|Publication number||US7574606 B1|
|Application number||US 09/696,446|
|Publication date||Aug 11, 2009|
|Filing date||Oct 24, 2000|
|Priority date||Oct 24, 2000|
|Publication number||09696446, 696446, US 7574606 B1, US 7574606B1, US-B1-7574606, US7574606 B1, US7574606B1|
|Inventors||Carey B. Fan, Kulbir S. Sandhu, Kenny Man D Nguyen|
|Original Assignee||Trimble Navigation Limited|
|Export Citation||BiBTeX, EndNote, RefMan|
|Patent Citations (8), Referenced by (18), Classifications (17), Legal Events (2)|
|External Links: USPTO, USPTO Assignment, Espacenet|
A receiver of an electronic message often needs to identify the sender of the message. Conventionally, a name or an IP address is automatically attached to such messages to aid the receiver in identifying the sender. However, the receiver generally needs to ask the sender for other information such as the location of the sender. The receiver then depends on the sender to reply with accurate information. Requesting information can delay further communications and can result in inaccurate information being sent when the sender does not know the requested information, makes an error in the reply conveying the information, or is deceptive in the reply.
In a separate area of technology, locating devices such as the global positioning satellite (GPS) systems and triangulation systems have developed to a point where a relatively inexpensive device can accurately and quickly determine the device's current location. Such locating devices have been wedded to communication systems. For example, U.S. Pat. No. 5,959,577 describes a system that transmits location information on a wireless network and tracks mobile units such as delivery vehicles. In such systems, a base station can request location information from a mobile unit or the mobile unit can send location information either periodically or when the mobile unit determines that the criterion for message transmission are met. Such systems generally send location information in the payload of message and only when requested.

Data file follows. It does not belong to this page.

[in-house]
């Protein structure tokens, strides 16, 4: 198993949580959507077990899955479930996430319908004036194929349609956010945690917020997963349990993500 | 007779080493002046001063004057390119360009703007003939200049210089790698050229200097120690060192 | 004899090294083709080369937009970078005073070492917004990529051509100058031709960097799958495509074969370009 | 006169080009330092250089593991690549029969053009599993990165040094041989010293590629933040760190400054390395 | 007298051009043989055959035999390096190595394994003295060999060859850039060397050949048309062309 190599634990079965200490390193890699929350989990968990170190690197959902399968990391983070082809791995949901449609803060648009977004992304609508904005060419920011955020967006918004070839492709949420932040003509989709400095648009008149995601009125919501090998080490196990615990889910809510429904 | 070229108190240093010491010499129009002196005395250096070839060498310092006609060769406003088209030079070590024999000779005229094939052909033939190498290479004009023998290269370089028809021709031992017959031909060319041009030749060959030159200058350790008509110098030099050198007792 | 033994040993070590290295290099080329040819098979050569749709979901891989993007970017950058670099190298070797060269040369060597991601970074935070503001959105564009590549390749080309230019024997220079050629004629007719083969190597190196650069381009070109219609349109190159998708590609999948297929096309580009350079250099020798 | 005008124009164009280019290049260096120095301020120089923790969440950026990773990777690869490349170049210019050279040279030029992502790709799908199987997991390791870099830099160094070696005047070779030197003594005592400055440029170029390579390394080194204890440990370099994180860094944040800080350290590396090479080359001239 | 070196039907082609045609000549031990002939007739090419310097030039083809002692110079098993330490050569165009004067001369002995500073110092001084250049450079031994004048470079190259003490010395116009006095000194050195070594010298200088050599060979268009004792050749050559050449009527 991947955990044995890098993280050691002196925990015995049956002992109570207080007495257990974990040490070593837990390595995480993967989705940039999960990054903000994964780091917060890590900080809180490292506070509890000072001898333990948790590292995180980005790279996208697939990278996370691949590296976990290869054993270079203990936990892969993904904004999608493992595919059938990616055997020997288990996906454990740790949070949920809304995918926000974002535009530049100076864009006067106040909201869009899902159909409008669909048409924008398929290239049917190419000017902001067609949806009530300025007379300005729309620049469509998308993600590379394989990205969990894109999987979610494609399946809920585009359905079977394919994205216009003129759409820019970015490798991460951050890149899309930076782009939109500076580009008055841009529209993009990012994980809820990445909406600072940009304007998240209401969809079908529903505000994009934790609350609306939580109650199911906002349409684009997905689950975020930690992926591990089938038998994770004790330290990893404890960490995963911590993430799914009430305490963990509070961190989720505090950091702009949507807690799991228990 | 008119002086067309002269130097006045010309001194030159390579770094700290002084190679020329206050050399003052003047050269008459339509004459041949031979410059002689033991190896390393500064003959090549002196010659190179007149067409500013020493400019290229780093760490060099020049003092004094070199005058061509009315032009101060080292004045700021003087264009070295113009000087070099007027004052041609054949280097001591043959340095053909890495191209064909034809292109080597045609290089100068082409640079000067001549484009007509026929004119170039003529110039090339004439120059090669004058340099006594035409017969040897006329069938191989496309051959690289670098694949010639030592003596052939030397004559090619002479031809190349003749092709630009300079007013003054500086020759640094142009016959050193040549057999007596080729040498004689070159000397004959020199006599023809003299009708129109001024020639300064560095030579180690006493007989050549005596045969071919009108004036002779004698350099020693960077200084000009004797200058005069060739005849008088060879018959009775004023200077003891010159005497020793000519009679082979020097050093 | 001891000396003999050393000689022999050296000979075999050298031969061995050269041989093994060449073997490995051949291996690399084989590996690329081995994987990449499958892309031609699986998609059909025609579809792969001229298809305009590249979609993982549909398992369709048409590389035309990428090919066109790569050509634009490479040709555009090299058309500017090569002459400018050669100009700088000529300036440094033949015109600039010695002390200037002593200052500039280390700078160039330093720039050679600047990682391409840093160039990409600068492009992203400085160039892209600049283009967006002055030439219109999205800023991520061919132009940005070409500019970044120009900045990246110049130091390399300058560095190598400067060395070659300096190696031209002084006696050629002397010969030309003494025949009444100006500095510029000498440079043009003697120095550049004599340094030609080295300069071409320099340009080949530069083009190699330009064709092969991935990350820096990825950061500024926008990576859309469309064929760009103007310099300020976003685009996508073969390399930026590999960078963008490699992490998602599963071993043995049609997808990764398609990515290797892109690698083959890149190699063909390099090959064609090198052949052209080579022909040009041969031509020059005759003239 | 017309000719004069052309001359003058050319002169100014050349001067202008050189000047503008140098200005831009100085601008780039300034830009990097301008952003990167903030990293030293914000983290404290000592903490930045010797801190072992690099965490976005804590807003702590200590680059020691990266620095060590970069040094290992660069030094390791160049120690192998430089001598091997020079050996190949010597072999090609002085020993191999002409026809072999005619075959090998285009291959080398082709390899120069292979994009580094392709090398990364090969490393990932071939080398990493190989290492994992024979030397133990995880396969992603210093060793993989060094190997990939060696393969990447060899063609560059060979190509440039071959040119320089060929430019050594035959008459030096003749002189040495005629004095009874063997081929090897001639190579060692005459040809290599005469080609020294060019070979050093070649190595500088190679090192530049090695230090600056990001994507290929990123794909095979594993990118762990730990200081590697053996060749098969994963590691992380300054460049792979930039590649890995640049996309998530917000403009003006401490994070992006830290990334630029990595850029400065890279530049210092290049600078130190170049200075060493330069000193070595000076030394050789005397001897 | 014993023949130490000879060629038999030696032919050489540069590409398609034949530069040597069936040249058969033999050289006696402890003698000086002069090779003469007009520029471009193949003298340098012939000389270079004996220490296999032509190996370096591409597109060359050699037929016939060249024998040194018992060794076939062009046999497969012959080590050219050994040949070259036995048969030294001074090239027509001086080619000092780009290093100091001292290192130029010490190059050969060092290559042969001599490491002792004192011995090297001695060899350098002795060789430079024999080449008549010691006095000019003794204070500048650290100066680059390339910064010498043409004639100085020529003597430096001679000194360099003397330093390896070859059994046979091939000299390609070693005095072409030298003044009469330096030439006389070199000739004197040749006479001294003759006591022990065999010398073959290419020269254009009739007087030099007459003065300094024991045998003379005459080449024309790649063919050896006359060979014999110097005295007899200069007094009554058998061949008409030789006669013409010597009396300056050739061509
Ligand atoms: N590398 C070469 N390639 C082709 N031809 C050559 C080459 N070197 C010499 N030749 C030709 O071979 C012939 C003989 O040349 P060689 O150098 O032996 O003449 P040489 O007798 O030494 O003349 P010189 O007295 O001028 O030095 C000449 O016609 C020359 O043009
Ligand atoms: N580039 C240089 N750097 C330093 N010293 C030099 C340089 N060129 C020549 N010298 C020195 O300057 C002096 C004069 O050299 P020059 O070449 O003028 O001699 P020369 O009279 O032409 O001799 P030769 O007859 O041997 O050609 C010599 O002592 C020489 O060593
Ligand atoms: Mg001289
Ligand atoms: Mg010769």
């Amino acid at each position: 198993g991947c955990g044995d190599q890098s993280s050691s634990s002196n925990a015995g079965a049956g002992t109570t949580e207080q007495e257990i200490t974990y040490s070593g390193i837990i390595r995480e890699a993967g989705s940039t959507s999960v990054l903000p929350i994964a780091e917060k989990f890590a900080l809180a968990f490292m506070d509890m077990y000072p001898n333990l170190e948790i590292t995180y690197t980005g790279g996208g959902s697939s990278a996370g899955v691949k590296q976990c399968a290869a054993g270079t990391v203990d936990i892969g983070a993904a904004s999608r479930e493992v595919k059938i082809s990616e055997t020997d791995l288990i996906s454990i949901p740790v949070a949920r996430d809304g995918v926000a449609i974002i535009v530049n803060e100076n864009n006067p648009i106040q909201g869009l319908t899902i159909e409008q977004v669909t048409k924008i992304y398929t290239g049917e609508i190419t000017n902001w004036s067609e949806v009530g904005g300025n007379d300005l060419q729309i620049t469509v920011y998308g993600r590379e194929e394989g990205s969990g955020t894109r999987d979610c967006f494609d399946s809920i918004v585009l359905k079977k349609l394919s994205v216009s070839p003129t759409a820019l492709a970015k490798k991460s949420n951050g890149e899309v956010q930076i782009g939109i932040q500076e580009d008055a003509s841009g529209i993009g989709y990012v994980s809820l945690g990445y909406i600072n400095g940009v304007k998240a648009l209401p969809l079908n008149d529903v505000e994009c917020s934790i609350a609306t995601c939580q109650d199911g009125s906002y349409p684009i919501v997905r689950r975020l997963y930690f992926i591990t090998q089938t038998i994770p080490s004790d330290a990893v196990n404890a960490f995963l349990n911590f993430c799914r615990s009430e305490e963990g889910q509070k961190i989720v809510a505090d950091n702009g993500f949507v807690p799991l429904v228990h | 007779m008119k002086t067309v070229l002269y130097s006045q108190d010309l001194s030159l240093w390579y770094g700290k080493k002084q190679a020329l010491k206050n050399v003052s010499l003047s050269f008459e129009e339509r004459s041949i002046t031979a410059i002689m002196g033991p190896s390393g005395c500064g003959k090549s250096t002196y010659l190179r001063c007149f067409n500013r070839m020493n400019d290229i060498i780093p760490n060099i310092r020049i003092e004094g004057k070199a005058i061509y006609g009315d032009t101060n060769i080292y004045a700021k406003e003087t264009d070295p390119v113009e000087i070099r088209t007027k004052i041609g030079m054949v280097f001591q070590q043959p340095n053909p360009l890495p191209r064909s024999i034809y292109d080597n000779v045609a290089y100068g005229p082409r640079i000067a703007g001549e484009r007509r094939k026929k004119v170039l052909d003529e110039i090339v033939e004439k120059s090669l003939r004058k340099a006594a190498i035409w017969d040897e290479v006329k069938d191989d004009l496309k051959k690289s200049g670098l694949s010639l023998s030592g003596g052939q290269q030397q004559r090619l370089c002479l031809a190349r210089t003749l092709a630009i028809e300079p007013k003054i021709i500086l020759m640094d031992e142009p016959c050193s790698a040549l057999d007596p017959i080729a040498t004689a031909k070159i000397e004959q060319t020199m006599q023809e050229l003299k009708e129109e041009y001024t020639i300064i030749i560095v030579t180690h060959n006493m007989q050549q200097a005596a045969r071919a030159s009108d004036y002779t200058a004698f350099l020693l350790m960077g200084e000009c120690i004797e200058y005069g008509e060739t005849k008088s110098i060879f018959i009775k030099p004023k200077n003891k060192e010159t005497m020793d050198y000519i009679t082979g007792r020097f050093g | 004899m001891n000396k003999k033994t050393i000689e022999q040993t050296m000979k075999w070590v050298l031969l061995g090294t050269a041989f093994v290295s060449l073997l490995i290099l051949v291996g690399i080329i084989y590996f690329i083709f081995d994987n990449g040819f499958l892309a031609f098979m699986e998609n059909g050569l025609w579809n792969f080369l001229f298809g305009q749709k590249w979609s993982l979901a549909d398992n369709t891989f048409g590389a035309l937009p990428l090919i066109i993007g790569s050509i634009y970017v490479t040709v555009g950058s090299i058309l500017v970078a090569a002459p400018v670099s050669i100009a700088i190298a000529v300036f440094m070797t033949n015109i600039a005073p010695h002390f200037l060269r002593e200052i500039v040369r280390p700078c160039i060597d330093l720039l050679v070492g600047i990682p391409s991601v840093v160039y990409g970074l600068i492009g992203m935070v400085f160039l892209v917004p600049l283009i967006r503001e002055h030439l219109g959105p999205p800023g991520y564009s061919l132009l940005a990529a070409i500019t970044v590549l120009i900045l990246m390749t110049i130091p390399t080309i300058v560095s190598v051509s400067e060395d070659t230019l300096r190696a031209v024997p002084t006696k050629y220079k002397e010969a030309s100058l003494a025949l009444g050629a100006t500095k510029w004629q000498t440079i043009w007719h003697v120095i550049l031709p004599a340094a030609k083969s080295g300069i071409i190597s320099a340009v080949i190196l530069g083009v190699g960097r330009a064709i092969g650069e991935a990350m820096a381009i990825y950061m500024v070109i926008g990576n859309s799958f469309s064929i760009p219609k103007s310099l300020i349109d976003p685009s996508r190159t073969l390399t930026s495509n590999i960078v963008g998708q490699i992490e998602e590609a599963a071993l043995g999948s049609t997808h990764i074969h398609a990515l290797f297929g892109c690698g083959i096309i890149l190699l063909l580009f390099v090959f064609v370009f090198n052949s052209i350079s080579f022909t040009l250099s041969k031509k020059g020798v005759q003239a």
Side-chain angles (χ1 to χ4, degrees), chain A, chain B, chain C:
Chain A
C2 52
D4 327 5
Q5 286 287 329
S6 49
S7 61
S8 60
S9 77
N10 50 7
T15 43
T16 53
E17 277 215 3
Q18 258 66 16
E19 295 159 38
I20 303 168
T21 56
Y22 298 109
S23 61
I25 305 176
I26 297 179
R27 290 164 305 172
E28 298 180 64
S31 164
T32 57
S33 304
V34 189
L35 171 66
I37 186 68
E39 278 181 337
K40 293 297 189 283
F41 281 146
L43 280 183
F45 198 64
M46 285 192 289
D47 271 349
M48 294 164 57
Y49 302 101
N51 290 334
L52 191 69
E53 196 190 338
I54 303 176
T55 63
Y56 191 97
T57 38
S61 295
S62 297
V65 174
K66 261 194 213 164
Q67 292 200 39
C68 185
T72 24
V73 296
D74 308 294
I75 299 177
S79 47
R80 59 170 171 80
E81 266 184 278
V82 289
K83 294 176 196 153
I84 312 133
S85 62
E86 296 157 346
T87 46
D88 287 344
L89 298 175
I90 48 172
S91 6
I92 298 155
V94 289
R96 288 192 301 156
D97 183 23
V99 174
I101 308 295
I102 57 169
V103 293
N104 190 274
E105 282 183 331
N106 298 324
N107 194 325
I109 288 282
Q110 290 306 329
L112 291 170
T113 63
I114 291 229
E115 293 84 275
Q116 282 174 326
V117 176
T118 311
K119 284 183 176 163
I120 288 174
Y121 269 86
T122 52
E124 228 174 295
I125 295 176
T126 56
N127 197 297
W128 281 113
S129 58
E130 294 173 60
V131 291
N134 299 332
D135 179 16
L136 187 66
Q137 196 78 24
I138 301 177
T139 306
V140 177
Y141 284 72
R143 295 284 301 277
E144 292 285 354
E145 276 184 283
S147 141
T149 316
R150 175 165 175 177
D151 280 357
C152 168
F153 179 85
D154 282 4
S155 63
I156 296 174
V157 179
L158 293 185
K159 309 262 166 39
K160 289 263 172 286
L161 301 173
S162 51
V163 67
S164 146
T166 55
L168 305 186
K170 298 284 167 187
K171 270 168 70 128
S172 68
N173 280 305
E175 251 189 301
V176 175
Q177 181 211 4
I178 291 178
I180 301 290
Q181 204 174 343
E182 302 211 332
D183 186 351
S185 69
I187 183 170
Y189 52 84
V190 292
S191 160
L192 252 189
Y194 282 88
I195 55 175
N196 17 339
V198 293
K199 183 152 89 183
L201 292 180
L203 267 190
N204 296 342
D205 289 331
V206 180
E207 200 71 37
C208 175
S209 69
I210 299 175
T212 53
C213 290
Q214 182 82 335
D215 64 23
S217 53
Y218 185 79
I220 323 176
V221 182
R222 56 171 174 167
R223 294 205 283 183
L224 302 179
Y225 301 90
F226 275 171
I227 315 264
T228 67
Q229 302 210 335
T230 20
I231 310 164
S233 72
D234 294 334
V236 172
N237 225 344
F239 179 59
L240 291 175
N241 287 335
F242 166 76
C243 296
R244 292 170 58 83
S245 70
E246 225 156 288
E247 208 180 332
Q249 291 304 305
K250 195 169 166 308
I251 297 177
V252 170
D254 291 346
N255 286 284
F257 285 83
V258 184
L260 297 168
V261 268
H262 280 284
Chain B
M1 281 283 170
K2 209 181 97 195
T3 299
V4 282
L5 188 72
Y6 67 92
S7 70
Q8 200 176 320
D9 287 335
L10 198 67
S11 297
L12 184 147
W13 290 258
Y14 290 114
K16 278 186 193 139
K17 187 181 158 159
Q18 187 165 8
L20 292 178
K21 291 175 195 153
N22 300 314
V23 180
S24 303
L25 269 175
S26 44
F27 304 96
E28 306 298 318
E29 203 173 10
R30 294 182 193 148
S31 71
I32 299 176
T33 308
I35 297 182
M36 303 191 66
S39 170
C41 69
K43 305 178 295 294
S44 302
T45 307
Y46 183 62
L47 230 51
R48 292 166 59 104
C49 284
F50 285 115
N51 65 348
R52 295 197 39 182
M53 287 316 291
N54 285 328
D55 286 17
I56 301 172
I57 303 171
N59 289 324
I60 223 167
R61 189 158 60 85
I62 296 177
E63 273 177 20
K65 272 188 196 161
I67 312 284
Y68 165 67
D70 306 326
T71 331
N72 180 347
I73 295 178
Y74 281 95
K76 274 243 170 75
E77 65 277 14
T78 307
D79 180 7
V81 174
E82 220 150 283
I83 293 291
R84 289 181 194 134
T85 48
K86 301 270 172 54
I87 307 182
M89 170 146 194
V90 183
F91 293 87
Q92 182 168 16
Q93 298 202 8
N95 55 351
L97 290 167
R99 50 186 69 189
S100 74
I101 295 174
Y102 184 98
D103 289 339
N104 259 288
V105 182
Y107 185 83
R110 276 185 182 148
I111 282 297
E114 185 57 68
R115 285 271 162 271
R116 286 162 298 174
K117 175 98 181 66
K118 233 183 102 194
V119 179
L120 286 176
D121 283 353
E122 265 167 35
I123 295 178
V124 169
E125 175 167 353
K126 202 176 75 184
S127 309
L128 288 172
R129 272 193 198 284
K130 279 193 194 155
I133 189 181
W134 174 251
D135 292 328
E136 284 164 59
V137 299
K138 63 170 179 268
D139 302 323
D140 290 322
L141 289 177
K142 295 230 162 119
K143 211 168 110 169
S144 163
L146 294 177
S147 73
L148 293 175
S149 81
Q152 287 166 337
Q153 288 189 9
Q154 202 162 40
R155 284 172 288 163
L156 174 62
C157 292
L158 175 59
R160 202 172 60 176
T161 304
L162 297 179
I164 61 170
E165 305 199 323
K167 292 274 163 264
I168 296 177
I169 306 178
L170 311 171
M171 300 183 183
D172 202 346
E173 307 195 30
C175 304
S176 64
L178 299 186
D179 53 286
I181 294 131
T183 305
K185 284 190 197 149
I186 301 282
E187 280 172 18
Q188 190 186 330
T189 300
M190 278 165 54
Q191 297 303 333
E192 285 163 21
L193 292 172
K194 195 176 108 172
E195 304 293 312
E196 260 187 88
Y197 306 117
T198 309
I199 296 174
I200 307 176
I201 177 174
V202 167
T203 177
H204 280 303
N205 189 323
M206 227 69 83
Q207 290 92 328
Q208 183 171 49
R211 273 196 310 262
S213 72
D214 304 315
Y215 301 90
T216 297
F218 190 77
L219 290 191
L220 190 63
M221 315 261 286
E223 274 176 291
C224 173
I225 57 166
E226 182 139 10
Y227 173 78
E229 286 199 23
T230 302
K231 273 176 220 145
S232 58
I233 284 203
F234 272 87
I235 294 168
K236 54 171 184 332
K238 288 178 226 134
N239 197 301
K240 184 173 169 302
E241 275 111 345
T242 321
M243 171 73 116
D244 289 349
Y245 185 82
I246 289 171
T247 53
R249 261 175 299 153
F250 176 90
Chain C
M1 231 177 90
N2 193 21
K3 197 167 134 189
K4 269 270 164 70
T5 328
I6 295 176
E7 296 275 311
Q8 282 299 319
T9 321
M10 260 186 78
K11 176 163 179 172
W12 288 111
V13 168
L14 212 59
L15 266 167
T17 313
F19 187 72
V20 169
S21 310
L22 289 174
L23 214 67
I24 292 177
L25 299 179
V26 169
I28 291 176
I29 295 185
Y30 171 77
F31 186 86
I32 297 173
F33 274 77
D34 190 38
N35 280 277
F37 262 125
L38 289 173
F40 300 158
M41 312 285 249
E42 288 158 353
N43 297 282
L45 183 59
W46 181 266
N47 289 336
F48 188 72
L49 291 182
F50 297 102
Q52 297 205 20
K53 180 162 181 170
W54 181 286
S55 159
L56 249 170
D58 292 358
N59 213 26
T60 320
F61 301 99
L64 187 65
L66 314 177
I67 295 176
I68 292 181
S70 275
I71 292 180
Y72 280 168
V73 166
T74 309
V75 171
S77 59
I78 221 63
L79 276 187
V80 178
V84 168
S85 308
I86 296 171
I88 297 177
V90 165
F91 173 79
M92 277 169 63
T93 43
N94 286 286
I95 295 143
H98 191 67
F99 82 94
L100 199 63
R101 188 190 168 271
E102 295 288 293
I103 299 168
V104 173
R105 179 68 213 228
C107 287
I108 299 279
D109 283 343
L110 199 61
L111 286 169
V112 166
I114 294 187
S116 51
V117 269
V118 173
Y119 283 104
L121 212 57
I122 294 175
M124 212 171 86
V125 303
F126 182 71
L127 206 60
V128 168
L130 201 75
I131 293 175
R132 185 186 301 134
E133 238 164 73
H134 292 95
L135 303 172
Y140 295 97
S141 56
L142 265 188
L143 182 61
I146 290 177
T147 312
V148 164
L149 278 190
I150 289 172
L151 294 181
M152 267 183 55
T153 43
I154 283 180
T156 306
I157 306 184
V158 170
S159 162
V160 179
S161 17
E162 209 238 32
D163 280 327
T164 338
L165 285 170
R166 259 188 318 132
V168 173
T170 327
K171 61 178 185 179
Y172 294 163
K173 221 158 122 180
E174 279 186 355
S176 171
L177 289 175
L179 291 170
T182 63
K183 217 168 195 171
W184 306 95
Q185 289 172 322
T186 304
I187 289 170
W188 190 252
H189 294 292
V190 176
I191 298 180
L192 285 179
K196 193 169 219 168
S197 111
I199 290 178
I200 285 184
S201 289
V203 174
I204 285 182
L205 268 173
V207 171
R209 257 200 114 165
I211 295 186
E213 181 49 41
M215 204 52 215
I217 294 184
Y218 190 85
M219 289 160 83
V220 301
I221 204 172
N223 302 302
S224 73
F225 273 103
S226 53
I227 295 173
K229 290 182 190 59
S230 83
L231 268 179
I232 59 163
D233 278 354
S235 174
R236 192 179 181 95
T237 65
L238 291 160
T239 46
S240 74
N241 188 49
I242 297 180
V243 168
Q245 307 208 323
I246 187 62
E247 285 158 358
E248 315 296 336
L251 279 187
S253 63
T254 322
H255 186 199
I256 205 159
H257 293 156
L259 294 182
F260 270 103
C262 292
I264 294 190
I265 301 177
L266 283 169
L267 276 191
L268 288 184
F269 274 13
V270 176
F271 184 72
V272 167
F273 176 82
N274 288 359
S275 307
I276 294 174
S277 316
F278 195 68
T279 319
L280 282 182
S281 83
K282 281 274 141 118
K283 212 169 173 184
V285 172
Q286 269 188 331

In accordance with the invention, a sending device automatically attaches a location stamp to all transmitted messages. The location stamp indicates a location of the sender and contains, for example, longitude and latitude information from a GPS device or other locating device. Accordingly, a receiver can identify the location of the sender, which helps the receiver understand the context of the message and authenticate the sender's identity and/or the location of a transaction. For example, when completing a delivery, the deliverer can transmit or record a message bearing a location stamp. The location stamp documents that a delivery occurred at a specific location. The location stamp can also identify where a party using a credit card or other account authorized payment for a delivery.
In accordance with another embodiment of the invention, a system for monitoring the performance and operation of vehicles in the field can employ location stamps in messages relaying data describing vehicle operation. The location stamp and a time stamp can indicate the location and time of a breakdown or problem in a vehicle. Accordingly, a quality control analysis of the data can determine whether a particular problem occurs under specific weather or road conditions. A series of such messages transmitted from a vehicle such as a delivery truck provides a record of the route taken by the mobile unit. This route information can identify or prove a source of freight damage for insurance claims or prove that the mobile unit took a safe route for the freight being delivered.